Grade 4 Titanium

Grade 4 titanium is a type of unalloyed titanium that is highly corrosion-resistant and known for its excellent strength-to-weight ratio. It is commonly used in a variety of industries, including aerospace, automotive, and medical.

The key purposes of titanium application in aerospace include weight saving, heat resistance, resistance to embrittlement at low temperature, high corrosion resistance and low-thermal expansion. As an example of titanium use it is used in the low fuel consumption aircraft manufactured by Airbus where it has grown to more than twice the amount used in conventional aircraft. Steel-based materials were used for portions where high strength was required (frames and joints) and have now been replaced by titanium to save weight and reduce the negative weight effects for fuel consumption.

Titanium has been mainly used for the fan and the compressor in the fore half sections for aircrafts, where the temperature is relatively low (600˚C or lower). Outside temperatures during flight can be −60˚C or lower which highlights the fact titanium is resistant to embrittlement at low temperatures. Furthermore, there is no concern about corrosion even when dew condenses after a drop in temperature. It is because of all these positive attributes that titanium proves to be a material appropriate for aircraft.

Beyond the aerospace industry one of the key advantages of grade 4 titanium is its ability to withstand harsh environments. It is particularly resistant to saltwater and other corrosive materials, making it a popular choice for applications in marine environments. Today titanium is frequently specified as first choice for offshore piping systems, heat exchangers, and a wide range of ancillary equipment for both water and product management in both critical and general applications.

This durability also makes it an excellent choice for medical implants and other medical devices, as it will not break down or corrode over time. Medical implants made from titanium routinely last 20 or more years inside the human body. Titanium is stronger and lighter than stainless steel, which largely accounts for its widespread use in surgical implants. Because it isn't magnetic, medical titanium doesn't interfere with magnetic resonance imaging (MRI) machines. Because of this property, patients with titanium implants can still safely undergo MRI examinations. Unlike other metals, medical titanium can remain in constant contact with living tissue without adversely affecting it. Titanium implants have an engineered bio-interface that increases cell contact area by as much as 75%, enhancing the cell's binding properties which further reduces the chance of implant rejection. Medical titanium implants can physically bond with natural bone, eliminating the need for adhesives.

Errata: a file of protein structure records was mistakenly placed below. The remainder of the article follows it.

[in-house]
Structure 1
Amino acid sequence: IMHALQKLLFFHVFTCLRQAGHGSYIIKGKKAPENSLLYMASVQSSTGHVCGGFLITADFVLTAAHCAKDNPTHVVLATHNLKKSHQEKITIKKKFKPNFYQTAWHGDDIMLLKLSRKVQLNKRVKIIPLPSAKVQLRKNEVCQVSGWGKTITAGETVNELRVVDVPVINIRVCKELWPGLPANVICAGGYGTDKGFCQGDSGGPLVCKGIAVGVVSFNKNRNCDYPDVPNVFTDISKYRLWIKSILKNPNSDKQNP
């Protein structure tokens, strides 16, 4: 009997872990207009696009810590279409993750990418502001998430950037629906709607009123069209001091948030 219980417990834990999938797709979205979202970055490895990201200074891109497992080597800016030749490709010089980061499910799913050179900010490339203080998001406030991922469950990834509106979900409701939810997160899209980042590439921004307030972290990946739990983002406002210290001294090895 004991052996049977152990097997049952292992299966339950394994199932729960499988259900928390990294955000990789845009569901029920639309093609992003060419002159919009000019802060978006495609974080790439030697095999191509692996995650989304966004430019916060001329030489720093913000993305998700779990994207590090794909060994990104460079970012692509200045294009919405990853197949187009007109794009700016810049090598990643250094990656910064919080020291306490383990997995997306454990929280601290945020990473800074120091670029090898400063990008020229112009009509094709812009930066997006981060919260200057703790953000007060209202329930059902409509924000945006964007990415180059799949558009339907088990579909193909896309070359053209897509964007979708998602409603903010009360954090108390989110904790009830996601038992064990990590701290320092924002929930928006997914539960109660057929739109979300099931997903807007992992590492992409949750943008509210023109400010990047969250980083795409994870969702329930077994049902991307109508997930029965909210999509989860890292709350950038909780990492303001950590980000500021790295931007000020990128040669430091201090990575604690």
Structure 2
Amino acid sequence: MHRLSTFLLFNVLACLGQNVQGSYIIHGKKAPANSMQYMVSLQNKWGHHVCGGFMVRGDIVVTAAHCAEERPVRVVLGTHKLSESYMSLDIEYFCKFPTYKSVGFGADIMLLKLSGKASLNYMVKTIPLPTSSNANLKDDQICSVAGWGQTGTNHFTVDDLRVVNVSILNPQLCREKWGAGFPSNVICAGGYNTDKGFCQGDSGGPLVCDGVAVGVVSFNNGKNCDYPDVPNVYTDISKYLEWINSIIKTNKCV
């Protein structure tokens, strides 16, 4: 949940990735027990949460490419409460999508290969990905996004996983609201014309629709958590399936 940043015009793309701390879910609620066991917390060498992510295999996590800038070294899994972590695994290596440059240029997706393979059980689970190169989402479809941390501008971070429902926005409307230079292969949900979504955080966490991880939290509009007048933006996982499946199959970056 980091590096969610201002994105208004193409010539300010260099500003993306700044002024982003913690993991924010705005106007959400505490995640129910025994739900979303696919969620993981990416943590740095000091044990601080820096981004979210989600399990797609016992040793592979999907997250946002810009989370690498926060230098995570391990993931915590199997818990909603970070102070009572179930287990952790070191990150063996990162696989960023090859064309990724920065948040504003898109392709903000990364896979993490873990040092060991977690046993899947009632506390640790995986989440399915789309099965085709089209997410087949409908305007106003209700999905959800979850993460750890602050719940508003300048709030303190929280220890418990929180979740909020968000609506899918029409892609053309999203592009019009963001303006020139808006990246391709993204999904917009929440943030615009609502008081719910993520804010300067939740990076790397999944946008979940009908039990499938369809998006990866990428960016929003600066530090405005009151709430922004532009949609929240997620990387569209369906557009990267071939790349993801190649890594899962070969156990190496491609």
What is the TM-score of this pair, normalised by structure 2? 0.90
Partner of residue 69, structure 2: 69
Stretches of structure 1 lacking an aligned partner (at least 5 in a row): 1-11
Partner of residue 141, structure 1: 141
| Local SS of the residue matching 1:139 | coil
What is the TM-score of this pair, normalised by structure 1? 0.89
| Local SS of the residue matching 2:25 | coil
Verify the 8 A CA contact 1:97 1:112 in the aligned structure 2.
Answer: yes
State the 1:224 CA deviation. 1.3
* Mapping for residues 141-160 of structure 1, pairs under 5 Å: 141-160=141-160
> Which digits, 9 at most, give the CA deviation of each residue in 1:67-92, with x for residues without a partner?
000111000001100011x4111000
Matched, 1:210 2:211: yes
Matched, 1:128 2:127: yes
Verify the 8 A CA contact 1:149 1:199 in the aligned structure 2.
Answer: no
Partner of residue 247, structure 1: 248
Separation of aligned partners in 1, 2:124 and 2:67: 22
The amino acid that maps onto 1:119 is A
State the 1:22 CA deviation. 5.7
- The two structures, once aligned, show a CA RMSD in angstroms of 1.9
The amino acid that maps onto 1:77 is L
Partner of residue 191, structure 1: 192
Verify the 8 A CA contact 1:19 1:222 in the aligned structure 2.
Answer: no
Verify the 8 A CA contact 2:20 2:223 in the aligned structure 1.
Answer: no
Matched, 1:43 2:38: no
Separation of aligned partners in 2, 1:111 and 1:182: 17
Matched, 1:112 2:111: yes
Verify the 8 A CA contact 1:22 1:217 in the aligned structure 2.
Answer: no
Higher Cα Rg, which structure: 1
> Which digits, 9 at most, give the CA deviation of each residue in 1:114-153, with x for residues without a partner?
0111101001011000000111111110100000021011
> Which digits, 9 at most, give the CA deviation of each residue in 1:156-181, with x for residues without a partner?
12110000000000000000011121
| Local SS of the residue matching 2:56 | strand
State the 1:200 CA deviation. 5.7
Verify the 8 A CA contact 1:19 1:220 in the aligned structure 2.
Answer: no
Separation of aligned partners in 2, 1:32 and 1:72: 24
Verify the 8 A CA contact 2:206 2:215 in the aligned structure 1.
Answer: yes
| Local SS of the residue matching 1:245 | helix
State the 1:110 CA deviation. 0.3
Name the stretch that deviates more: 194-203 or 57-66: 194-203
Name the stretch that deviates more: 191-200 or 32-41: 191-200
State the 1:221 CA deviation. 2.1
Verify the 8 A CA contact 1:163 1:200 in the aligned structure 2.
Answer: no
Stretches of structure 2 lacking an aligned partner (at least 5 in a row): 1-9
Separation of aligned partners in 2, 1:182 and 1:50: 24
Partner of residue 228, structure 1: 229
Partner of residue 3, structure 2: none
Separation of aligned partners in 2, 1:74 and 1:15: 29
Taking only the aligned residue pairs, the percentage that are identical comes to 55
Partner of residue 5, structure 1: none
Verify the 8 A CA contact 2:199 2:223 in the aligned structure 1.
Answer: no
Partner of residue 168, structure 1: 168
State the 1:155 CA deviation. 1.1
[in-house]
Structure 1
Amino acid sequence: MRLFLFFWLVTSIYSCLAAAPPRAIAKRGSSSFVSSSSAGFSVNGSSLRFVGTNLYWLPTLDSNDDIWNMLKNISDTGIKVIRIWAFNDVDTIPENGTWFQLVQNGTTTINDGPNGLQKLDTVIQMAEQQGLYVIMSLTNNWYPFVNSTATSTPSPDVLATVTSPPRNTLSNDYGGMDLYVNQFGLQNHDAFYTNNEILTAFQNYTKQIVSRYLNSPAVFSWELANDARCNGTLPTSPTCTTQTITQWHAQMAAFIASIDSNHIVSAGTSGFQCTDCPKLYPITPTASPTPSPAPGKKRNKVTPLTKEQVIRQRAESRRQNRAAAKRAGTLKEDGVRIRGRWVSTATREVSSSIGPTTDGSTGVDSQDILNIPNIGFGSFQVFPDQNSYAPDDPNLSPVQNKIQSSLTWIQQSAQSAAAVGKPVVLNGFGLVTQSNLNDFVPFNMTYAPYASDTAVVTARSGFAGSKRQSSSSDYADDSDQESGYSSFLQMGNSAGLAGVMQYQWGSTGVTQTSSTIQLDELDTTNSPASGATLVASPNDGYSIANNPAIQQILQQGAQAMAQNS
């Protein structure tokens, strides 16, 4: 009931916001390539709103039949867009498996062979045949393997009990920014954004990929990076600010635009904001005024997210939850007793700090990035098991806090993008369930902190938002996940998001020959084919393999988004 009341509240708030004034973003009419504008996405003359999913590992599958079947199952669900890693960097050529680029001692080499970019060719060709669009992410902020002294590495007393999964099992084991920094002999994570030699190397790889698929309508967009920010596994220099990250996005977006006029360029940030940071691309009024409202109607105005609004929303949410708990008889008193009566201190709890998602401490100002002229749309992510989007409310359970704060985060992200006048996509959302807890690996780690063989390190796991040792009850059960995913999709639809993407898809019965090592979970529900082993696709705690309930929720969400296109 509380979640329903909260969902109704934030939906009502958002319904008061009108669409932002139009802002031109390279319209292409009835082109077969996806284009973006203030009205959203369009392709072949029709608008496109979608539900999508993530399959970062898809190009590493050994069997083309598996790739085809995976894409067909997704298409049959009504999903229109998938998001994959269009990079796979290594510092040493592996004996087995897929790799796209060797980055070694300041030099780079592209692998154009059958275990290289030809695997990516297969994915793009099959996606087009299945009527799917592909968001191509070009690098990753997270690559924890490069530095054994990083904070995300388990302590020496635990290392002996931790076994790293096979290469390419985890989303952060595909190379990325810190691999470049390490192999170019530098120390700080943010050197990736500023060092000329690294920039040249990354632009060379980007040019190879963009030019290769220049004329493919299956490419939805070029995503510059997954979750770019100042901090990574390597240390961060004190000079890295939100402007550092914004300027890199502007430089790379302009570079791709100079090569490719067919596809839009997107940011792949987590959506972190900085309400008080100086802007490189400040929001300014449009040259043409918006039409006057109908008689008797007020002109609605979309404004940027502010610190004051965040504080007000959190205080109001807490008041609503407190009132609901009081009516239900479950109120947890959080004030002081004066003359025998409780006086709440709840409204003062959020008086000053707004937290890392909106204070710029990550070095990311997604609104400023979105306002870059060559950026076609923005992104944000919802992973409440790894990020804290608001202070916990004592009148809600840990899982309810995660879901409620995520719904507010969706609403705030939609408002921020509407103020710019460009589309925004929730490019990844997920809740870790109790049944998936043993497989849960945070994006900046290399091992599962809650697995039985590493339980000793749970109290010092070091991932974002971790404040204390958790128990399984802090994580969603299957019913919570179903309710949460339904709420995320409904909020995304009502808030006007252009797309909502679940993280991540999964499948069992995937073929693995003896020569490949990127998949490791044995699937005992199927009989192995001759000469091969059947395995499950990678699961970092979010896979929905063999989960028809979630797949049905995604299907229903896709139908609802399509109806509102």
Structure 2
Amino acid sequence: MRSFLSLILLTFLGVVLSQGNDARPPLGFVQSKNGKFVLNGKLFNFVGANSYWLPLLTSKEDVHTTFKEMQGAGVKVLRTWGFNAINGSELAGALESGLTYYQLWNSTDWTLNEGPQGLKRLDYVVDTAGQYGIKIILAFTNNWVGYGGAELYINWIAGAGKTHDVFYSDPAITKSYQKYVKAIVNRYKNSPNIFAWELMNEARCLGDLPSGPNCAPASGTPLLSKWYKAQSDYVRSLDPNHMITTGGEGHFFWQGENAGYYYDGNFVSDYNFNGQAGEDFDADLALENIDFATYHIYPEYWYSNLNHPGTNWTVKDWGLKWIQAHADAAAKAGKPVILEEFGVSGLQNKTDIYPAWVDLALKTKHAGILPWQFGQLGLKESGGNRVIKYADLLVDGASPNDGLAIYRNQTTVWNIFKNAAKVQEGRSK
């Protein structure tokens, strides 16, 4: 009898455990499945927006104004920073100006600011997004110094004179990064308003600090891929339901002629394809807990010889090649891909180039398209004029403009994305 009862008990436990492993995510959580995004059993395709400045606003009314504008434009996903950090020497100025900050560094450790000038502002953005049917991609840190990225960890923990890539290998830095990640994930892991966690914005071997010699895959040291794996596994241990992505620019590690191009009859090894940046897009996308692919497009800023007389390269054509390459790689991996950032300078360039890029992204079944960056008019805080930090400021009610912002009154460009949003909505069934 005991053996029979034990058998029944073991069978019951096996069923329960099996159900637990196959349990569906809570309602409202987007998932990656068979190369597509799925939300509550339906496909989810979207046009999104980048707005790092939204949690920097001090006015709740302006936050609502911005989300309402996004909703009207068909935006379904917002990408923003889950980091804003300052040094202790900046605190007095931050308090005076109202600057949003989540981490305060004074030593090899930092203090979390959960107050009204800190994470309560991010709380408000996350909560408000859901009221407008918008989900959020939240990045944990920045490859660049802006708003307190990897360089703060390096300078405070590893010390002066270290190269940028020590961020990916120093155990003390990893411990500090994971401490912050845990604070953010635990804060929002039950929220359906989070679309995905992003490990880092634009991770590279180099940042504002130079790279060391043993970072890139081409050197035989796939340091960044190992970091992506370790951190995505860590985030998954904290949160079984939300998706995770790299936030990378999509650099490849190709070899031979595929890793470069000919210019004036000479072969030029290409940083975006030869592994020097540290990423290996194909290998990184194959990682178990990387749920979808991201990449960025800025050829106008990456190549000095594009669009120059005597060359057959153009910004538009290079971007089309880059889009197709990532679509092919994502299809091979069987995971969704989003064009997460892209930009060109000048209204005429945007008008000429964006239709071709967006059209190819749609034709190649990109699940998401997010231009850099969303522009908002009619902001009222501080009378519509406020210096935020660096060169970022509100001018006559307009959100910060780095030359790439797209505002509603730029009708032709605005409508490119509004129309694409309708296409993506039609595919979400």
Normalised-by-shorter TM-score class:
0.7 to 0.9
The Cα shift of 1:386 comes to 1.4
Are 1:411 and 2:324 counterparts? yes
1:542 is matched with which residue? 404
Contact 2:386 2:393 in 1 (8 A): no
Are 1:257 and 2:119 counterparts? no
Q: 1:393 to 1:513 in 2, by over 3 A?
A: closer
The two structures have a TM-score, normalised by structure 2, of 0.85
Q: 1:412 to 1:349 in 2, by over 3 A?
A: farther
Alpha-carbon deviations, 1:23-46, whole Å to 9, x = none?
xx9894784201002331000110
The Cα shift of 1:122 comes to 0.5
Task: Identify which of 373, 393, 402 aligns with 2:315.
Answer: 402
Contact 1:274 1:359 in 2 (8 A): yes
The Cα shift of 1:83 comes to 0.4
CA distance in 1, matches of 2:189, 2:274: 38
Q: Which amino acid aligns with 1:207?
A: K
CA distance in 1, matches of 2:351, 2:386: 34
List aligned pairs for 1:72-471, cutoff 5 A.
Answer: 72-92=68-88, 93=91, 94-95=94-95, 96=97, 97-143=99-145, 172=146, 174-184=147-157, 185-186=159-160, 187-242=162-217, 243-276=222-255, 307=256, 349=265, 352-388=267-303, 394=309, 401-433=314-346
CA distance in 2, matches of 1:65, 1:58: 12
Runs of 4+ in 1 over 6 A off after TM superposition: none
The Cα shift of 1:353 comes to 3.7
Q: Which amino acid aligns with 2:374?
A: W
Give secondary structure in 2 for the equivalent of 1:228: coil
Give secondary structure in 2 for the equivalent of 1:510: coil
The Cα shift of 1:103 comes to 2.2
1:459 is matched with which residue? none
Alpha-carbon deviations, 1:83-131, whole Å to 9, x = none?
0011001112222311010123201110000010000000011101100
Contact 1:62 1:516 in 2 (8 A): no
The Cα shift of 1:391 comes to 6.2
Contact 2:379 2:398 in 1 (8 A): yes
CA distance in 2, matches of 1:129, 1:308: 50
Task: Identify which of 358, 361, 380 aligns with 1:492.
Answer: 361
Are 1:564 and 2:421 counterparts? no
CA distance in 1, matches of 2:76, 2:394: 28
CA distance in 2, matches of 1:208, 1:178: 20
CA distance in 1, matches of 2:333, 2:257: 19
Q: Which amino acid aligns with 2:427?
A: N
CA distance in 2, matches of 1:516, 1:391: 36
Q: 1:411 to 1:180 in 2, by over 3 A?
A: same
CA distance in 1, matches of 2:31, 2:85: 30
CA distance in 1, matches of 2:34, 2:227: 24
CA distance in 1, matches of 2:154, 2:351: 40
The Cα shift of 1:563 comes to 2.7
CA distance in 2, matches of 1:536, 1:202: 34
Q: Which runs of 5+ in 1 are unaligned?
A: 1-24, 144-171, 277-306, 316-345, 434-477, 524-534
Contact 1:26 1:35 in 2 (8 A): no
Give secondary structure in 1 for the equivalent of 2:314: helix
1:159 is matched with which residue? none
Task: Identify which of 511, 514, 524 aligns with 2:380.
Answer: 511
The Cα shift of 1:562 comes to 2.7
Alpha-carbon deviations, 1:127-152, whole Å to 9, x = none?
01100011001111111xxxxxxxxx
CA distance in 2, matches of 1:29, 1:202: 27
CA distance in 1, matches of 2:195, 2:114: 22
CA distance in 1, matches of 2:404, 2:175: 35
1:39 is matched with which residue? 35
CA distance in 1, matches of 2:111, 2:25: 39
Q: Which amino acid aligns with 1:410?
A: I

In addition to its corrosion resistance, grade 4 titanium is also known for its strength and lightweight nature. It is the strongest of the commercially pure grades of titanium, making it ideal for applications where strength is a key requirement. At the same time, its low density makes it much lighter than other metals, which is important in industries such as motorsports where weight is a critical factor.

Anecdotally, the conversion to more titanium parts in motorsports can be attributed to record setting runs in drag racing as well as major improvements in speed for NASCAR, Indy Car and sprint car racing. In some instances, weight reduction of four to seven pounds has been recognized simply by replacing aluminum or steel fasteners with titanium fasteners. Titanium has been used for frame supports, a-frames and wheelie bars to reduce weight and add strength.

Overall, grade 4 titanium is a versatile and durable material that is well-suited to a wide range of applications across many industries. Its corrosion resistance, strength, and lightweight nature make it a popular choice in a variety of industries, and its ability to withstand harsh environments makes it an excellent choice for use in challenging applications.